S Cook - imageThe Department of Health and Social Care recently asked the GMC to formally take on the  regulation of anaesthesia associates and physician associates.  

Sarah Massey, an anaesthesia associate at London North West Healthcare NHS Trust and Board member at the Association of Anaesthesia Associates, shines a light on the role and the difference regulation will make.

Anaesthesia associates (AAs) might not be the most well-known medical associate profession but we’ve been around since 2004, albeit with the name physicians’ assistants (anaesthesia) until this year. We play a hugely important role in anaesthesia teams both in and out of theatre, which is why it may come as a surprise to some that until now AAs have been working without regulation. But this is all about to change.

The recent decision that the GMC should become our regulator has been a long-fought battle and it means the importance of this role is finally getting the formal recognition it deserves.

 What do AAs do?

AAs are highly skilled practitioners, delivering a range of general and regional anaesthetics for patients undergoing surgical procedures under the supervision of consultant anaesthetists.

Communication is a huge part of an AAs work and an important part of our role is to meet patients on the day of surgery, discuss their medical history and gain consent for the anaesthetic. Each patient has their own anaesthetic plan and we draw this up with the consultant.

On a typical day, an AA could be working on an orthopaedic operating list with around four patients awaiting knee replacements and one or two smaller cases. We are always supervised by a consultant anaesthetist, but they may also be supervising the theatre next door, where another AA will be working on the same or different surgical speciality, so we need to know our stuff! Perioperative care is shared with the anaesthesia and surgical teams and AAs need to be experienced in a wide range of areas in order to provide safe care for patients.

How do they train?

All qualified AAs need to complete a 27-month physician’s assistant (anaesthesia) postgraduate diploma before joining the anaesthetic team.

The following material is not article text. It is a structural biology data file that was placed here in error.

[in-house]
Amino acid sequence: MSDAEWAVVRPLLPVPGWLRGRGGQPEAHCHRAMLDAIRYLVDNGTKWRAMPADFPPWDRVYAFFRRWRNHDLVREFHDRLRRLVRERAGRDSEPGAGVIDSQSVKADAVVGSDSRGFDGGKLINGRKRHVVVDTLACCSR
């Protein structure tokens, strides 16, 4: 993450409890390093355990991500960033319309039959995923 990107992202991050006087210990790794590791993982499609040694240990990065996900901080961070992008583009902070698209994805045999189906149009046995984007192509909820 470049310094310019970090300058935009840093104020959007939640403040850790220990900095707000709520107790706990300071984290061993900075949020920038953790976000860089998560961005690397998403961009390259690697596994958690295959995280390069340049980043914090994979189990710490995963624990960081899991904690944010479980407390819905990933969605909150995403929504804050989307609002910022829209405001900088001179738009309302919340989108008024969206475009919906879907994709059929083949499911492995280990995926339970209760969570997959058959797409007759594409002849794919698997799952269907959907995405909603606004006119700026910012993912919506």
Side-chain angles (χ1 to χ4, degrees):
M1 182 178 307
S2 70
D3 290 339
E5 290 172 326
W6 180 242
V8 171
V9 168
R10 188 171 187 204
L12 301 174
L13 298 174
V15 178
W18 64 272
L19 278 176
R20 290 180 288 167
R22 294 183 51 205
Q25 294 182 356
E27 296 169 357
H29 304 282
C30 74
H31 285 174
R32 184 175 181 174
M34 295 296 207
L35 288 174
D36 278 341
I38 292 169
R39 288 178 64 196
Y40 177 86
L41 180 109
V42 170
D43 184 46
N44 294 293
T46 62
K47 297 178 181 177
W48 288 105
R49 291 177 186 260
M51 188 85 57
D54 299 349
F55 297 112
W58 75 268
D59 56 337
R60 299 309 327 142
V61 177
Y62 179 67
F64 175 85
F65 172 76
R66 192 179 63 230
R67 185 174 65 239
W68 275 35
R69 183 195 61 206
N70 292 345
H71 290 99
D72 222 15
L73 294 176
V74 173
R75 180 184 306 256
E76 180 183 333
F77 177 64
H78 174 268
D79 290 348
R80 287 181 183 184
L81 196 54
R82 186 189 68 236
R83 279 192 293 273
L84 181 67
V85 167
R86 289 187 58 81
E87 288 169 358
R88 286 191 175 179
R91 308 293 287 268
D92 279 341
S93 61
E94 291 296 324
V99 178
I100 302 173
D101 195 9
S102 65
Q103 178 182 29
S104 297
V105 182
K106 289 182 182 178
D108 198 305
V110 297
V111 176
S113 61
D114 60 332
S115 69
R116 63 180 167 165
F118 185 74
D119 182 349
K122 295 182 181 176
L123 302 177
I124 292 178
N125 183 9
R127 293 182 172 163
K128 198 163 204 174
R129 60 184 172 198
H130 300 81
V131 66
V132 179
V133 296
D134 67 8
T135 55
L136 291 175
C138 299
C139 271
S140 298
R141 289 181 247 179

Access to training is available for registered healthcare professionals, for example nurses or operating department practitioners, with a minimum of three years’ experience or biological/biomedical science graduates with a 2:1 (hons) or higher.

Trainees are all based within a hospital, gaining experience from day one. Throughout the training AAs work through different competency modules all signed off by educational supervisors and they also sit two national exams.

What difference do they make to patient care?

Demand for anaesthetic services and routine surgical procedures is increasing nationally. Anaesthetists work with over two thirds of all hospital inpatients and ultimately the addition of AAs into anaesthetic teams will support the current workforce and help to ensure patients have access to skilled professionals at every point during their care.

How do they contribute to multidisciplinary teams?

AAs have an entirely unique role within multidisciplinary teams. Our skillset aids service provision, assists with workload and supports doctors within the anaesthetic team. Having an AA in theatre teams can help reduce theatre downtime, increasing throughput and theatre efficiency.

We all know how strained relationships can slow a workplace down and with AAs being permanent staff, our working relationships within the theatre team are well established and help towards better communication and team working. Our role is essential to establishing continuity, efficiency and a rewarding work place.

With a diverse specialist knowledge AAs also have a special role in meeting flexible service demands. With needs varying so much from hospital to hospital and tending to change over time, Trusts can use our specialist skillset to meet the particular demands of any hospital.

How will AAs benefit from the new regulation?

The recent announcement confirming statutory regulation for AAs is very welcome news. Regulation has been the main goal of the Association of Anaesthesia Associates since its inception over 12 years ago and is also strongly supported by the Royal College of Anaesthetists and Association of Anaesthetists.

Ultimately regulation of AAs will support professional standards and benefit patients. Currently we don’t know the exact number of AAs working nationally; the best estimate is around 200 qualified AAs. Whilst the managed voluntary register held by the Royal College of Anaesthetists provides a useful guide, it is unlikely to be truly representative.

Public protection is essential in all areas of medical care and services need to be patient focused. Establishing a mandatory register of AAs working across the country and developing a professional framework for working practices is vital for transparency and accountability.

Setting robust standards of practice will help to ensure a safe and effective AA workforce nationally and should support further developments such as prescribing rights and a structure for career development.

Importantly, we hope this will give doctors and other healthcare professionals increased assurance about the ways we can support them and the tasks they can delegate.

We’re already proudly represented in dozens of teams but hope to benefit many more in future.